WORKERS from the auto parts industry have asked the government to allocate part of the auto incentives program budget to fund social amelioration initiatives for displaced workers, and opposed the industry’s request for an extension to comply with the program.
Toyota Motors Philippines and Mitsubishi Motors Philippines Corp. members of the government’s Comprehensive Automotive Resurgence Strategy (CARS) program, which offers fiscal support to car companies that domestically produce 200,000 cars for six years.
The automakers have initiated talks with the government to request an extension of their compliance period after the pandemic and the Taal volcano eruption caused a sales and production slowdown.
The Philippine Metalworkers Alliance (PMA) opposed the extension, claiming in a statement Monday that relief for the automakers would incentivize them to lay off workers and rely on imports rather than expand domestic production.
“While the economy is currently in a crisis, this alone should not be the basis for granting reprieve to companies under the CARS program,” PMA President Ruel Punzalan said.
“Unless the government wants to subsidize job losses especially under the current economic crisis, then there is no point giving in to the pressure from corporate interests to extend the grace period under the CARS program,” the statement said.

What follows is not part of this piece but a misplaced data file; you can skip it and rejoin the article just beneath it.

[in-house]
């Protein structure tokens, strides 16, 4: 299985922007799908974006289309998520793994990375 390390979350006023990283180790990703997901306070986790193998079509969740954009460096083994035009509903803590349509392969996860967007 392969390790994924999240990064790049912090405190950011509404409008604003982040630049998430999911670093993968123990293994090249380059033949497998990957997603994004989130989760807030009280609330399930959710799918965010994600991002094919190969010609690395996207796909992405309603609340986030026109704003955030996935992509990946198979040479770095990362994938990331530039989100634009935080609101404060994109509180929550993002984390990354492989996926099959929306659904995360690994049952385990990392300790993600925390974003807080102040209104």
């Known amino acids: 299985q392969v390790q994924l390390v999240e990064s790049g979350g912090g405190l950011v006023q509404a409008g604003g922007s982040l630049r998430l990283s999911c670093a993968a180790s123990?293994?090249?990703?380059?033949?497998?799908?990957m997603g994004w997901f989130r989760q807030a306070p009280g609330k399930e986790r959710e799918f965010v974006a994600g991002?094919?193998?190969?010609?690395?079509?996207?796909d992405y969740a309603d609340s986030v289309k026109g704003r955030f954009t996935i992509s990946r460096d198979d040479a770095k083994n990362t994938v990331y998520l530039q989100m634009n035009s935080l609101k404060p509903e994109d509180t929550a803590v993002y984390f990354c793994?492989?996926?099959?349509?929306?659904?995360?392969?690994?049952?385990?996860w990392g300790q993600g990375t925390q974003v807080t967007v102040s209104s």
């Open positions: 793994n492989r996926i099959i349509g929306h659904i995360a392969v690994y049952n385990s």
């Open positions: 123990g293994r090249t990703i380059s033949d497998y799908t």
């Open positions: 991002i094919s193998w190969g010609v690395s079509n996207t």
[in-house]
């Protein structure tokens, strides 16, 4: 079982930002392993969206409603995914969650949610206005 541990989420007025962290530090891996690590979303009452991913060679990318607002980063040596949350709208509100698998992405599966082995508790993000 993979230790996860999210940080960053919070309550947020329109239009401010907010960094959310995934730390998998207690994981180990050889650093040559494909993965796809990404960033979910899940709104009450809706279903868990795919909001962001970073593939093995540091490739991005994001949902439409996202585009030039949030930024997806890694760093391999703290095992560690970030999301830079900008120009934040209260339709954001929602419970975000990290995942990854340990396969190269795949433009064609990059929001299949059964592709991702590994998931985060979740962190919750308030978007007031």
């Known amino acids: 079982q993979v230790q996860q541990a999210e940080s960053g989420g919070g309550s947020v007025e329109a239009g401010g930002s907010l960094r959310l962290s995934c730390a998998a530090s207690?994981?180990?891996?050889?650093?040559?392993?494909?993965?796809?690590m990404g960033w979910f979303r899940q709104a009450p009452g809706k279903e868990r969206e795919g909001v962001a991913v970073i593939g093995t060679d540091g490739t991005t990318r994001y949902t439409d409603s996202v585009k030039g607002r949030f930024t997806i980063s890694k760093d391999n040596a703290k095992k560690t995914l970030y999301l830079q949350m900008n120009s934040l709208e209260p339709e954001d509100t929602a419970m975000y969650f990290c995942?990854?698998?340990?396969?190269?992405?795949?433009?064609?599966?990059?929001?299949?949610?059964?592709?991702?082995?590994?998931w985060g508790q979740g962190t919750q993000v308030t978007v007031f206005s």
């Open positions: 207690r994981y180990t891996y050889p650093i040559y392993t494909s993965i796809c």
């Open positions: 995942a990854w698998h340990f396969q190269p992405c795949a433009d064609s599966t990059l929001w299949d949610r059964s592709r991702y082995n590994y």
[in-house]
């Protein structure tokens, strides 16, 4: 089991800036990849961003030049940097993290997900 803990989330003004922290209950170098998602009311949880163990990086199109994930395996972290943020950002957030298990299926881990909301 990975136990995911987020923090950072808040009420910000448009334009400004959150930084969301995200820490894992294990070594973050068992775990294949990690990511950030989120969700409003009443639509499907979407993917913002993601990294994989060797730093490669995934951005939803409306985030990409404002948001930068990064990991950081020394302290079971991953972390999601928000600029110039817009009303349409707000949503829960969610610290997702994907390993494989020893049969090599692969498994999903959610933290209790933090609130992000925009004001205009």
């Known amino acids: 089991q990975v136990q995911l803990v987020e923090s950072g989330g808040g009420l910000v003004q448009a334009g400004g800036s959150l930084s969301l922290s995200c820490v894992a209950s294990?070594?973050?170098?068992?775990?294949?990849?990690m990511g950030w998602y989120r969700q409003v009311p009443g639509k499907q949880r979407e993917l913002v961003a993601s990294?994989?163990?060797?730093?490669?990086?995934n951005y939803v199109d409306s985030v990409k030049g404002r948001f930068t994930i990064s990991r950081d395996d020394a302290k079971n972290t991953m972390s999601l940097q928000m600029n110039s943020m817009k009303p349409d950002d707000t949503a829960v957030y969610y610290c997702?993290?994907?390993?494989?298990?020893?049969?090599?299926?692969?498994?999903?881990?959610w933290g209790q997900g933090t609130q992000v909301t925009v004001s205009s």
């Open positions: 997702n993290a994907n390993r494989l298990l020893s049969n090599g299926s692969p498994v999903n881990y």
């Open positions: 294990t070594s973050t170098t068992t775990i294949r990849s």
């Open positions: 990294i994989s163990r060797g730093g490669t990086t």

The group said that while there was a sales decline during the stricter lockdown, there have been signs of automotive recovery due to an uptick in transport equipment sales.
“To start repairing the injustice, allocating a portion of the budget for the CARS Program to provide social amelioration to those already displaced would be a good start,” Mr. Punzalan said.
Trade Secretary Ramon M. Lopez in a briefing Monday said that the job losses are connected to the recent industry decline.
He said that the social amelioration program can be proposed to the government and discussed, adding that the economy is being reopened to help increase car demand among the program’s participants.
PMA in August wrote letters to the Labor and Trade departments, asking them to strengthen the automotive supply chain and continue an investigation into potential safeguard measures on imported vehicles.
Last year, the group filed an application to the Trade department to initiate a safeguard measures probe, saying that there is a link between a surge in imports and a decline in domestic employment.
BusinessWorld asked the Chamber of Automotive Manufacturers of the Philippines, Inc. for comment but it had not replied at deadline time. — Jenina P. Ibañez